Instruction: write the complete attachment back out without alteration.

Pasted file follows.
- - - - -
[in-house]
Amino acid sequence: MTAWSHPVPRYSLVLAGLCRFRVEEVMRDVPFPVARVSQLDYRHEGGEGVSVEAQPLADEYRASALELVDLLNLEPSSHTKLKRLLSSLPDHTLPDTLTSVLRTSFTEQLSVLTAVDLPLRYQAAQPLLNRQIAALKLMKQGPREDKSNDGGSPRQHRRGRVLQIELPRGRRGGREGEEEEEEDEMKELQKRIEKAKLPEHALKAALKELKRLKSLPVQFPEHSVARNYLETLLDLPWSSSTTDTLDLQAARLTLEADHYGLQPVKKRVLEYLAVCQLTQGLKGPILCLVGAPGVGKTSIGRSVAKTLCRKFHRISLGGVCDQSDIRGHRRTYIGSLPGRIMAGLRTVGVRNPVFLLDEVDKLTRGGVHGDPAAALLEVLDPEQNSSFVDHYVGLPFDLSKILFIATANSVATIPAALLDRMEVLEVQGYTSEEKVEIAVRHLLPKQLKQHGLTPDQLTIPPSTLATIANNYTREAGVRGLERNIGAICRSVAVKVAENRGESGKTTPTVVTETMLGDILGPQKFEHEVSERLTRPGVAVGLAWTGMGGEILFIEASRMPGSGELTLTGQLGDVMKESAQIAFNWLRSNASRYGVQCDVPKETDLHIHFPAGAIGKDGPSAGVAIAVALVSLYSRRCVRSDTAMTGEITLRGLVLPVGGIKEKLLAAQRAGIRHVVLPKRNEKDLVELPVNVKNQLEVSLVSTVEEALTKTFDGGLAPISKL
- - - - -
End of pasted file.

[in-house]
Amino acid sequence: MTAWSHPVPRYSLVLAGLCRFRVEEVMRDVPFPVARVSQLDYRHEGGEGVSVEAQPLADEYRASALELVDLLNLEPSSHTKLKRLLSSLPDHTLPDTLTSVLRTSFTEQLSVLTAVDLPLRYQAAQPLLNRQIAALKLMKQGPREDKSNDGGSPRQHRRGRVLQIELPRGRRGGREGEEEEEEDEMKELQKRIEKAKLPEHALKAALKELKRLKSLPVQFPEHSVARNYLETLLDLPWSSSTTDTLDLQAARLTLEADHYGLQPVKKRVLEYLAVCQLTQGLKGPILCLVGAPGVGKTSIGRSVAKTLCRKFHRISLGGVCDQSDIRGHRRTYIGSLPGRIMAGLRTVGVRNPVFLLDEVDKLTRGGVHGDPAAALLEVLDPEQNSSFVDHYVGLPFDLSKILFIATANSVATIPAALLDRMEVLEVQGYTSEEKVEIAVRHLLPKQLKQHGLTPDQLTIPPSTLATIANNYTREAGVRGLERNIGAICRSVAVKVAENRGESGKTTPTVVTETMLGDILGPQKFEHEVSERLTRPGVAVGLAWTGMGGEILFIEASRMPGSGELTLTGQLGDVMKESAQIAFNWLRSNASRYGVQCDVPKETDLHIHFPAGAIGKDGPSAGVAIAVALVSLYSRRCVRSDTAMTGEITLRGLVLPVGGIKEKLLAAQRAGIRHVVLPKRNEKDLVELPVNVKNQLEVSLVSTVEEALTKTFDGGLAPISKL